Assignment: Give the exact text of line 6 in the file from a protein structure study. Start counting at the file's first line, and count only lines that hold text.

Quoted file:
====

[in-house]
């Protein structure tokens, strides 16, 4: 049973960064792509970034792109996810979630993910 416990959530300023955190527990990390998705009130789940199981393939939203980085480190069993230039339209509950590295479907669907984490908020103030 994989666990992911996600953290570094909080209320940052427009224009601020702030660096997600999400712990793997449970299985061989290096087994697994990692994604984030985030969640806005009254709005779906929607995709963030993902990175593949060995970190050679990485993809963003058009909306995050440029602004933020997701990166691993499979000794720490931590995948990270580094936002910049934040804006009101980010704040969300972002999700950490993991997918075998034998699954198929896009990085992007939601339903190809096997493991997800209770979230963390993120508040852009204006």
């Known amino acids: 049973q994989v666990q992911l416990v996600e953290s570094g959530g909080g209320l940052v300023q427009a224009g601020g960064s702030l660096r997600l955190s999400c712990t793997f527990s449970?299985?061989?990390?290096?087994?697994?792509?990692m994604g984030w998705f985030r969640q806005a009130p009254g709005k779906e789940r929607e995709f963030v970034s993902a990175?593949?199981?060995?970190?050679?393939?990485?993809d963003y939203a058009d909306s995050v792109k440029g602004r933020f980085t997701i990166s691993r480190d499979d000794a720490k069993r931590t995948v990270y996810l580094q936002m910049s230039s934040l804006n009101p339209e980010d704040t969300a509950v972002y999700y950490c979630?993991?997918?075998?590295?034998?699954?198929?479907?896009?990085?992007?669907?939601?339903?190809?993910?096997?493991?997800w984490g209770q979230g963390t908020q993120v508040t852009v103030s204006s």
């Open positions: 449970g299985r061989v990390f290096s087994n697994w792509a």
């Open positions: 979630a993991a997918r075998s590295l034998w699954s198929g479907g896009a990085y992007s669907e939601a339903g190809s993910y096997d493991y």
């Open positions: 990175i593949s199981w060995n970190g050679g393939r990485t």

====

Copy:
């Open positions: 990175i593949s199981w060995n970190g050679g393939r990485t």